Tiny beads offer hope for bowel cancer cases


Study shows targeted radiotherapy helps cut colorectal tumour spread to liver by 31%

A cancer therapy which injects tiny radioactive beads into tumours could offer hope for hundreds of colorectal cancer patients whose cancer has spread to the liver.

A study released in June showed that those given the targeted radiotherapy, together with first-line chemotherapy, had their liver tumours arrested for 20.5 months, while chemotherapy alone did so for just 12.6 months.

This translates to  a 31 per cent reduction in the risk of tumour progression in the liver for such patients, said Dr Iain Tan, a consultant medical oncologist leading the colorectal cancer service at the National Cancer Centre, Singapore (NCCS).

In these cases, the liver tumour cannot be surgically removed, for example, because it is too widespread.

These results are from  the world's largest interventional radiology cancer trial which  tracked 530 colorectal cancer patients over a six-year period.

These patients' disease had spread only to their livers.


Targeted radiotherapy,  also known as selective internal radiation therapy (Sirt), uses tiny beads which carry radioactive material. These are injected into an artery to take them to the tumour site.

 The beads get lodged in the capillaries around the liver tumours, where they deliver a high dose of short-range  radiation to the tumours, while sparing healthy tissue.

Sirt has been used on selected patients at NCCS for the past decade as a second-line or third-line therapy, when other treatments have failed.

This is the first time a study has shown that it is beneficial as a first-line therapy, together with chemotherapy.

The finding is important as the liver is very often - 70 per cent of the time - the organ to which colorectal cancer spreads first, said Dr Tan.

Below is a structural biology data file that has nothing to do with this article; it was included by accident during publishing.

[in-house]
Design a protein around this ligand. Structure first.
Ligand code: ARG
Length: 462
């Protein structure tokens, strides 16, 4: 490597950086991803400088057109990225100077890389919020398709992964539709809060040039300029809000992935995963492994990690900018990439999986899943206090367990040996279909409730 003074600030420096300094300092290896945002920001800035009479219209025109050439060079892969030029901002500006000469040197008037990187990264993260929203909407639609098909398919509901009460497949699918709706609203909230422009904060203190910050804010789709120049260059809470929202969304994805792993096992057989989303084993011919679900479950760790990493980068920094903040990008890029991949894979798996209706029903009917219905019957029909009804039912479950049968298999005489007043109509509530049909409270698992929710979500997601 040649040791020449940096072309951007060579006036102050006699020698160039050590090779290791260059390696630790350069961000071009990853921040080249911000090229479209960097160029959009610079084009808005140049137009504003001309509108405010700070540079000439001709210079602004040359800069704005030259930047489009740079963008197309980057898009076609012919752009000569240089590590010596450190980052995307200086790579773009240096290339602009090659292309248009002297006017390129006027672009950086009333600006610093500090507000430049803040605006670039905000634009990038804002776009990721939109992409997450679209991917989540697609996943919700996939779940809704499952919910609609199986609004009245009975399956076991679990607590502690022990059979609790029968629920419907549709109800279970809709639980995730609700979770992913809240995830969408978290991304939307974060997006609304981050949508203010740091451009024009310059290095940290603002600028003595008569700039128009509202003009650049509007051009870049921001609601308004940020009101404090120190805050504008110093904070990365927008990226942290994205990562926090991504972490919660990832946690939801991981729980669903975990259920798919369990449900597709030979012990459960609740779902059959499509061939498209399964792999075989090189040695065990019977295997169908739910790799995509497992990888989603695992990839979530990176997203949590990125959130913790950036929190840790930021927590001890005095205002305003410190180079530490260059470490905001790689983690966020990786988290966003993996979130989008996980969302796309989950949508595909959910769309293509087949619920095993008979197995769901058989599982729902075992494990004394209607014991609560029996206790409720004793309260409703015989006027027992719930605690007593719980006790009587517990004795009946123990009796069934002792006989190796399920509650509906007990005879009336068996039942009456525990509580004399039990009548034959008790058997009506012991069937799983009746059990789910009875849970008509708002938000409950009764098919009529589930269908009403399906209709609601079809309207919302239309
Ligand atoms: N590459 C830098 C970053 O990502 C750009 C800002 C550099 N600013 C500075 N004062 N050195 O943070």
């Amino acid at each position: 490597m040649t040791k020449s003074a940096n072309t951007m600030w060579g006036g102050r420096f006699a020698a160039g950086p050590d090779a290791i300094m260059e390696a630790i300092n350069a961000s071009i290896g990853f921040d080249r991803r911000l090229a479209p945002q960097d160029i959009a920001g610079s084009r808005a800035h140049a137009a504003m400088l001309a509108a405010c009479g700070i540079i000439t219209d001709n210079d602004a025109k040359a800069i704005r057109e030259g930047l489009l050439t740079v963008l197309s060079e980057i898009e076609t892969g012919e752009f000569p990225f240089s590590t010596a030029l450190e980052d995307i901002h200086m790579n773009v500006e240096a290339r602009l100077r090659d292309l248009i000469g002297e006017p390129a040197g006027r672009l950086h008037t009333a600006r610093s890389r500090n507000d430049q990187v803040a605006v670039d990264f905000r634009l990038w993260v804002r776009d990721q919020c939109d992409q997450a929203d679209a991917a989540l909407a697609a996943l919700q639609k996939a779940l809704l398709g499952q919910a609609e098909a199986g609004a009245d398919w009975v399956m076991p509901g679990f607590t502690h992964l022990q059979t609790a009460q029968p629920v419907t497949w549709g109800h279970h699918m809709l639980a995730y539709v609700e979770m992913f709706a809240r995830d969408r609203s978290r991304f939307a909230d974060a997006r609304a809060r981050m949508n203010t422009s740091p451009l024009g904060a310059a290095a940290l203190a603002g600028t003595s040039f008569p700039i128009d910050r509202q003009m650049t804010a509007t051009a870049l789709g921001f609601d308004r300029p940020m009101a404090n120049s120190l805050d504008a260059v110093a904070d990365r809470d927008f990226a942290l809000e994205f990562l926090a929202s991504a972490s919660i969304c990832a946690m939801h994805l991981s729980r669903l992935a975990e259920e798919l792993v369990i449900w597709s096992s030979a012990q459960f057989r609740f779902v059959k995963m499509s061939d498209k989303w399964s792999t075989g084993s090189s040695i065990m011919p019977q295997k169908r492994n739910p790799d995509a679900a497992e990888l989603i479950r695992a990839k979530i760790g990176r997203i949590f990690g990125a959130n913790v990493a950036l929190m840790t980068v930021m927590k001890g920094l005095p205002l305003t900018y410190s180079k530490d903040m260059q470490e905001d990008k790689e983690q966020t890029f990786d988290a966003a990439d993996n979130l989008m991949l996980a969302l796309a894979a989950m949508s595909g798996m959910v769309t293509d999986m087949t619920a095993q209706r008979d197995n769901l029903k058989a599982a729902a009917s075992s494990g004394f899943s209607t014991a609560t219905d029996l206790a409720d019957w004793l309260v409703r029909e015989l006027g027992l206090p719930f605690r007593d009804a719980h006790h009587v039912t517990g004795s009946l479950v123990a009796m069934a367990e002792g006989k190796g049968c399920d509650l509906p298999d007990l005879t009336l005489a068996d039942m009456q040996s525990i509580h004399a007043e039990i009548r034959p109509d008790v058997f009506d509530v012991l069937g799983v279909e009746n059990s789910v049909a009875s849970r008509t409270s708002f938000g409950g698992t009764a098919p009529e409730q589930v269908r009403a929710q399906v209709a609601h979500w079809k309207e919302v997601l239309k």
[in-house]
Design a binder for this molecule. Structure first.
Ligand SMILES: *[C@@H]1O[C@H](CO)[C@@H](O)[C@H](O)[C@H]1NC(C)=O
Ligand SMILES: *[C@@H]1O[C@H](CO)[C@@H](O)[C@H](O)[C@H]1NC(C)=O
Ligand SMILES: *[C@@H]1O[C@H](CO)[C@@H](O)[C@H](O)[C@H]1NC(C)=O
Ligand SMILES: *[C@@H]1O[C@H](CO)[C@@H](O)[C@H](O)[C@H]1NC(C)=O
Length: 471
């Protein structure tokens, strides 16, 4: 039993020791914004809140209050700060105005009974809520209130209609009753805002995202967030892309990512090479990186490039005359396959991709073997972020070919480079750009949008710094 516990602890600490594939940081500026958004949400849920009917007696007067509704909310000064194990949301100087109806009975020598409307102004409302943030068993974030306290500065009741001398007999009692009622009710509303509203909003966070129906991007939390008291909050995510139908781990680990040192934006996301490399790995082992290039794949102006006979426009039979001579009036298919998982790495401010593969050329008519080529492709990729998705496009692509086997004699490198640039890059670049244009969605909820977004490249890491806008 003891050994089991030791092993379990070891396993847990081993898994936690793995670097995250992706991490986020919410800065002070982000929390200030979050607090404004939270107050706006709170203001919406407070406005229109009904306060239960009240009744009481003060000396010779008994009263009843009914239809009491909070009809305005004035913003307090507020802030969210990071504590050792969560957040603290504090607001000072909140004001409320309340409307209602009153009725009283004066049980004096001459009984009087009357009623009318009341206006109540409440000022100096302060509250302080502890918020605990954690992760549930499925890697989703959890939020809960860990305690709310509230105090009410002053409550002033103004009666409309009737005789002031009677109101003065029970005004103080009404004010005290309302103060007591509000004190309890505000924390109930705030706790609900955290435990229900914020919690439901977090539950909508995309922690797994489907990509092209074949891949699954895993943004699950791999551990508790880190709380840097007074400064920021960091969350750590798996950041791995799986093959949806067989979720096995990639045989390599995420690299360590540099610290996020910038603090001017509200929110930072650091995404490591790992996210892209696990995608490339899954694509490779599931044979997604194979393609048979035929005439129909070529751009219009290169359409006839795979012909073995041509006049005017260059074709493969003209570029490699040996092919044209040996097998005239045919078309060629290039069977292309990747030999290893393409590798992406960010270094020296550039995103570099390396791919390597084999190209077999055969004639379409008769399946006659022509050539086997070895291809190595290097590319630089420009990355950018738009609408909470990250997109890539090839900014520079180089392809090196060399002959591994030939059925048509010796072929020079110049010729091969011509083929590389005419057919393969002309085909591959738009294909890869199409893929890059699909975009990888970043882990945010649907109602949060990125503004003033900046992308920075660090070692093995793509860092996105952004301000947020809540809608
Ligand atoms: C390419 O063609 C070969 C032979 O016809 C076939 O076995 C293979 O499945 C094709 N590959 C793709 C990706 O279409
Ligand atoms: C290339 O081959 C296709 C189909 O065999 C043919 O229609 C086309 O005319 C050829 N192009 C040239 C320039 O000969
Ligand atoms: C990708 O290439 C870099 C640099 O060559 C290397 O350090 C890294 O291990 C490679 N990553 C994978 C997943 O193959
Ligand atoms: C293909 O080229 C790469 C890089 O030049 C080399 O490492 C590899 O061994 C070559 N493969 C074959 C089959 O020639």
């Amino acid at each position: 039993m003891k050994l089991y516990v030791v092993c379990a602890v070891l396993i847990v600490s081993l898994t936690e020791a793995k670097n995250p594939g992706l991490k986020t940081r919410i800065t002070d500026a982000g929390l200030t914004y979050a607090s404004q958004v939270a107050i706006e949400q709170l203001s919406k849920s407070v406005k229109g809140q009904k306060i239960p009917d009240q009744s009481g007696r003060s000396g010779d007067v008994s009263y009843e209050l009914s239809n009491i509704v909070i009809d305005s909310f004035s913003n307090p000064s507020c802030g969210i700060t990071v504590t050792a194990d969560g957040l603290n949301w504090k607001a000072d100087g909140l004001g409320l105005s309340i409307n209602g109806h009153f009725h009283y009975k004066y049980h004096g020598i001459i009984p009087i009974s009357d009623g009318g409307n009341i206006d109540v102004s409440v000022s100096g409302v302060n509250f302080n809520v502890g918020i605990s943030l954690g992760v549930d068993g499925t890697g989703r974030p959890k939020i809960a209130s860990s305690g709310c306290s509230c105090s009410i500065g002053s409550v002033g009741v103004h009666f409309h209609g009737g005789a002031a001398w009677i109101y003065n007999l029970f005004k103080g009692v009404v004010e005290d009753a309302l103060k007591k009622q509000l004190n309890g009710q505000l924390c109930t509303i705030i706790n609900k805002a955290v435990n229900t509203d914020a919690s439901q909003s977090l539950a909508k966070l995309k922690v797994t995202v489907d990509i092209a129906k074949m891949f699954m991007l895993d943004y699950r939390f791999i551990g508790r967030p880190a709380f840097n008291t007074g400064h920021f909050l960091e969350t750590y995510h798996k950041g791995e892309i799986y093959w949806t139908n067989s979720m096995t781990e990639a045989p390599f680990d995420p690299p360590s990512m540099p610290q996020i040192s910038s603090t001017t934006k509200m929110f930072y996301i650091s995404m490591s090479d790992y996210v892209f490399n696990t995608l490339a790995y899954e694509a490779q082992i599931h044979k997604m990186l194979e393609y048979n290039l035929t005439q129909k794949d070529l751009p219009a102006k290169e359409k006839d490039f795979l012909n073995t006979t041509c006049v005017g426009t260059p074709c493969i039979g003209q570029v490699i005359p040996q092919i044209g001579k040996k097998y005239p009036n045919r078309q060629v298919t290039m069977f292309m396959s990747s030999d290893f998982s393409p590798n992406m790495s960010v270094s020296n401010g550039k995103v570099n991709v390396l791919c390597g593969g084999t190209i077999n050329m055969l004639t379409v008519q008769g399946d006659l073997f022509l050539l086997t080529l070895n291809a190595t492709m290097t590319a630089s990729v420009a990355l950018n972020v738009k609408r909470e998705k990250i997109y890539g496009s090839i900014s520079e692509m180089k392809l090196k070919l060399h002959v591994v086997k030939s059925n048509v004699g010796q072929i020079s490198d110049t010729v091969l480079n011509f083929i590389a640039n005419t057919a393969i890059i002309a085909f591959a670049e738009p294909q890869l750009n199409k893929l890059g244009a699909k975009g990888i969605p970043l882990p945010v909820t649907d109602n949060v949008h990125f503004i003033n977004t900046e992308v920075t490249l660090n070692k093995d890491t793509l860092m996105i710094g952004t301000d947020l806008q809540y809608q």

Part of the reason is that vessels from the colon and rectum take blood to the liver before it goes to other organs. Many patients with colorectal cancer survive as the primary tumour is surgically removed before the cancer can spread.

However, nearly half of patients' cancer would have spread to other sites either at the time of diagnosis, or  within three years of being diagnosed, said Dr Tan.

The spread of cancer to the liver is the main cause of death in colorectal cancer patients, he said.

The Singapore Cancer Registry 2009-2013 showed that colorectal or bowel cancer is ranked the top cancer among men (17 per cent), and second among women (13 per cent). There are 2,000 new colorectal cancer cases a year.

Besides NCCS, the National University Cancer Institute, Singapore (NCIS) has such radiation beads available.

In fact, it has two types - the ones used at NCCS, which are resin-coated beads; and glass beads called TheraSphere. Both types of beads contain radioactive material and emit radiation.

Recently, NCIS joined an international trial that combines chemotherapy and TheraSphere for colorectal cancer patients.

It involves patients whose cancer has spread mainly to the liver and who do not, or no longer, respond to conventional first-line treatment, said Dr Thomas Soh, a consultant at the department of haematology-oncology at NCIS.

But NCIS has mainly been using resin-coated beads to treat liver tumours that stem from colorectal cancer.

It is an option to provide control of cancer in the liver, but is not a substitute for surgery, said Dr Soh.

This therapy is also available in the private sector.

Raffles Hospital started using it in 2012 to treat selected patients whose colorectal cancer had spread to the liver, said Dr Donald Poon, a consultant medical oncologist at the Raffles Cancer Centre.

Sirt has been performed in Mt Elizabeth Hospital for some 10 years and in Mt Elizabeth Novena Hospital since it opened in 2012.

About 80 per cent of its cases are primary liver cancer.

The remaining are cancers from other parts of the body, mainly colorectal in origin, which have spread to the liver, said Dr Peter Goh, a senior consultant vascular and interventional radiologist and clinical director at the department of radiology at the hospital.

Dr Soh expects the use of radiation beads to increase. This is due to the recently published data.

But Dr Tan said it is important to ensure that this treatment can also extend patients' survival, beyond just delaying the tumour growth in the liver.

There is a need to wait a few years for all the data from this and two similar studies to be out, before this treatment can be routinely recommended, he added. 

If all the studies' results are positive, the combination of targeted radiotherapy and chemotherapy can potentially help about 200 patients a year.

Nevertheless, the results gathered so far suggest that some patients may now benefit from this treatment, as a first-line option. This is best discussed on a case-by-case basis with each patient's oncologist, said Dr Tan.

A version of this article appeared in the print edition of The Straits Times on September 15, 2015, with the headline 'Tiny beads offer hope for bowel cancer cases'. Print Edition | Subscribe